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UK court rejects British government bid to suppress CIA evidence of torture
© Lewis Whyld/AP
From one polce state to another: Binyam Mohamed on his arrival in Britain from US where he was held at Guantanamo Bay.
- Sixth damning ruling in Binyam Mohamed case 

- Foreign secretary's claims of security risk dismissed

The high court today flatly rejected claims by David Miliband, the foreign secretary, that releasing evidence of the CIA's inhuman and unlawful treatment of UK resident Binyam Mohamed would harm Britain's relations with the US by giving away intelligence secrets. 

Evidence that the foreign secretary also wants to suppress is believed to reveal what British intelligence officers knew about Mohamed's treatment. Mohamed, 31, an Ethiopian, says he was tortured in Pakistan, Morocco, Afghanistan, and Guantánamo Bay.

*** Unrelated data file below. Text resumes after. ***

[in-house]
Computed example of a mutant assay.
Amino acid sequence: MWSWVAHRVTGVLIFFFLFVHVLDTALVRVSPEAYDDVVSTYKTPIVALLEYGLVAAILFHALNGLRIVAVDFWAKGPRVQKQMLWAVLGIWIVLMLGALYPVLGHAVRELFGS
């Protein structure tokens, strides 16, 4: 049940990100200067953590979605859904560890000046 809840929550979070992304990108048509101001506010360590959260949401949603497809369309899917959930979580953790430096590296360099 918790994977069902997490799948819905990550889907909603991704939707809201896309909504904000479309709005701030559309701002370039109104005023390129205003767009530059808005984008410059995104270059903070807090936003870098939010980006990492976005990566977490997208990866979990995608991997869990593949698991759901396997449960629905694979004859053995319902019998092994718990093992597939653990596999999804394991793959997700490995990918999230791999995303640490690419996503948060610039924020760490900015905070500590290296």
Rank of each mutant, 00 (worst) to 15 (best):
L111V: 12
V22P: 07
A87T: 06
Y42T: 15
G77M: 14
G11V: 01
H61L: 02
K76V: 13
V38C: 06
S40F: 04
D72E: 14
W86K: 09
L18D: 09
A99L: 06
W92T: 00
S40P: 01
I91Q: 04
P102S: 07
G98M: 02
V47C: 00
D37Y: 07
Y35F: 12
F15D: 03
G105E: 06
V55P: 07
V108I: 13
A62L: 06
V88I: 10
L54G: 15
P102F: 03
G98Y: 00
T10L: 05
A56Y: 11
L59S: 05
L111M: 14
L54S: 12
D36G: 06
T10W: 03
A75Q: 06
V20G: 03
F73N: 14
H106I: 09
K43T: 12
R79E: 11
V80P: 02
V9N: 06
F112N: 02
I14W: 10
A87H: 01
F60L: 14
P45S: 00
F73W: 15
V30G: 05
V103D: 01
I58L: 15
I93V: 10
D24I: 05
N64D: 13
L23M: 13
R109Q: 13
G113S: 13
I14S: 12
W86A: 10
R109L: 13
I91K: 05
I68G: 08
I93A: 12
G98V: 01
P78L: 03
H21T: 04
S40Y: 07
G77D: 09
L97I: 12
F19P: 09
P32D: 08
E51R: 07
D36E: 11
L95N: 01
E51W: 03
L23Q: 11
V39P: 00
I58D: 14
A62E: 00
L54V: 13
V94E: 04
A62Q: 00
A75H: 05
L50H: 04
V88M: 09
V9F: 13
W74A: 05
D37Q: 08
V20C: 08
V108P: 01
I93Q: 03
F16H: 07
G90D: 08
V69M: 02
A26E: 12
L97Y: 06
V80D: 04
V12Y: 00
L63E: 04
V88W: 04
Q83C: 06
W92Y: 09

In the sixth in a string of damning rulings, the high court accused Miliband of wanting to suppress information about CIA activities even though details had already been disclosed by the Obama administration. Dismissing Miliband's claims, Lord Justice Thomas and Mr Justice Lloyd Jones insisted they were not trying to give away "American secrets". They said: "Of itself, the treatment to which Mr Mohamed was subjected could never properly be described in a democracy as 'a secret' or an 'intelligence secret' or 'a summary of classified intelligence'." 

The judges revealed that seven paragraphs in a key document Miliband insists must remain secret "relate to admissions of what officials of the US did to BM during his detention in Pakistan". They repeated their earlier finding that "what is contained in those seven redacted paragraphs gives rise to an arguable case of torture or cruel, inhuman and degrading treatment". 

"Black Site" in Lithuania

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following up on a previous story, "Parliamentarians vote to probe hosting CIA prison"